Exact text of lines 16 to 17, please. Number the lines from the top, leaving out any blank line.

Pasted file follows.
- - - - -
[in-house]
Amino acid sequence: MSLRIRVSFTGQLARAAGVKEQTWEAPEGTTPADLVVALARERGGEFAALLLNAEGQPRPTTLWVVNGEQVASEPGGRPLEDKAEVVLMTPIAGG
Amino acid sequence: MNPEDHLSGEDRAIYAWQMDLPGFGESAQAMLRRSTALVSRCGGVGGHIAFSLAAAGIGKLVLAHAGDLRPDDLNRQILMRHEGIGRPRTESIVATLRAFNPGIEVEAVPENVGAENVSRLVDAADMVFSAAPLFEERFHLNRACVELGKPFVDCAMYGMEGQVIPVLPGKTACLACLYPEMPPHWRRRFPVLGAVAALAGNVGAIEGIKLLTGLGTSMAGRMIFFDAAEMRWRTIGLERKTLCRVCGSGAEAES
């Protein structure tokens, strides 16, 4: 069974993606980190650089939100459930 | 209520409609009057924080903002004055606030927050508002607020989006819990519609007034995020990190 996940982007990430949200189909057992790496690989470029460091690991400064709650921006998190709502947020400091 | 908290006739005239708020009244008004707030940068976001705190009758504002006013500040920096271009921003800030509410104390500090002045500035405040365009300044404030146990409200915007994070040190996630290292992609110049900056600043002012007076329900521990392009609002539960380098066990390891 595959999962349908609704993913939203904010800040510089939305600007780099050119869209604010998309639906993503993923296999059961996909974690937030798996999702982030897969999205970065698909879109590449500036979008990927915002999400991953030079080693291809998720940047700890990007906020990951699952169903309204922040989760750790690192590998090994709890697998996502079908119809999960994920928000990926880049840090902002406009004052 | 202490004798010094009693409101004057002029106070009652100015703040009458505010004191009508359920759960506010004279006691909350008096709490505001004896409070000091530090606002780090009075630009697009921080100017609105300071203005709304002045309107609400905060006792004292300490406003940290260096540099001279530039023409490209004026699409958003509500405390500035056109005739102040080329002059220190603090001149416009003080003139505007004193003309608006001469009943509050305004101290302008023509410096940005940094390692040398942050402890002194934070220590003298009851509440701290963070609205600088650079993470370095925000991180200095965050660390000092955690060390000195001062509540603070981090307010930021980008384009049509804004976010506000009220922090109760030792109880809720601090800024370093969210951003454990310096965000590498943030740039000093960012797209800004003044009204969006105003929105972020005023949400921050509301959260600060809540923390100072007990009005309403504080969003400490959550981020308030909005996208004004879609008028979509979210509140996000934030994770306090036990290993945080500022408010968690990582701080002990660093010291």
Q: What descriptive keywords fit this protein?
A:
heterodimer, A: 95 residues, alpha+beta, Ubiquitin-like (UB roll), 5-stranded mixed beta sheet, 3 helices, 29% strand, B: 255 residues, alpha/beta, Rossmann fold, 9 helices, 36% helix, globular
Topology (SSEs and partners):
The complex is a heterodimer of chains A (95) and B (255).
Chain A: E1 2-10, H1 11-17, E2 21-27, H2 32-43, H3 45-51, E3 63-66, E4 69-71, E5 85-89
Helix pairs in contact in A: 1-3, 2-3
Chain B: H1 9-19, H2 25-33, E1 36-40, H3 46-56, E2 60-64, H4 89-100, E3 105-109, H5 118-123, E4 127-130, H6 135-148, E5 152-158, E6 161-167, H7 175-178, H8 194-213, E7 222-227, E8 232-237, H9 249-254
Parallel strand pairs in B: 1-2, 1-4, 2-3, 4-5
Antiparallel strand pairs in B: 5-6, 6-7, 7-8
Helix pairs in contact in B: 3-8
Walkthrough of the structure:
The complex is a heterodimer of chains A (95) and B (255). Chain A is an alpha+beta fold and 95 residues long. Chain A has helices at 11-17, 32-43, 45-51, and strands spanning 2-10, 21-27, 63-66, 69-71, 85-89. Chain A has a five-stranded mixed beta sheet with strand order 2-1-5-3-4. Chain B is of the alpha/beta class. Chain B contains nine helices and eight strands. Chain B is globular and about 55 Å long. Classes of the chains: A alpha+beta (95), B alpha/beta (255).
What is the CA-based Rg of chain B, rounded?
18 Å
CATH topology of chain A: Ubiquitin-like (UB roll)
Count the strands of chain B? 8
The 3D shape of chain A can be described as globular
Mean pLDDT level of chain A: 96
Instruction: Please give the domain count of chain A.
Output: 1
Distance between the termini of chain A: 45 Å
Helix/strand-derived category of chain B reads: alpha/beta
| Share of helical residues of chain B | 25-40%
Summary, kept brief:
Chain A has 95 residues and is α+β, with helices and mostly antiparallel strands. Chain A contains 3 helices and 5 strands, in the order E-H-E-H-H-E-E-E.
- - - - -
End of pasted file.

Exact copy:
Walkthrough of the structure:
The complex is a heterodimer of chains A (95) and B (255). Chain A is an alpha+beta fold and 95 residues long. Chain A has helices at 11-17, 32-43, 45-51, and strands spanning 2-10, 21-27, 63-66, 69-71, 85-89. Chain A has a five-stranded mixed beta sheet with strand order 2-1-5-3-4. Chain B is of the alpha/beta class. Chain B contains nine helices and eight strands. Chain B is globular and about 55 Å long. Classes of the chains: A alpha+beta (95), B alpha/beta (255).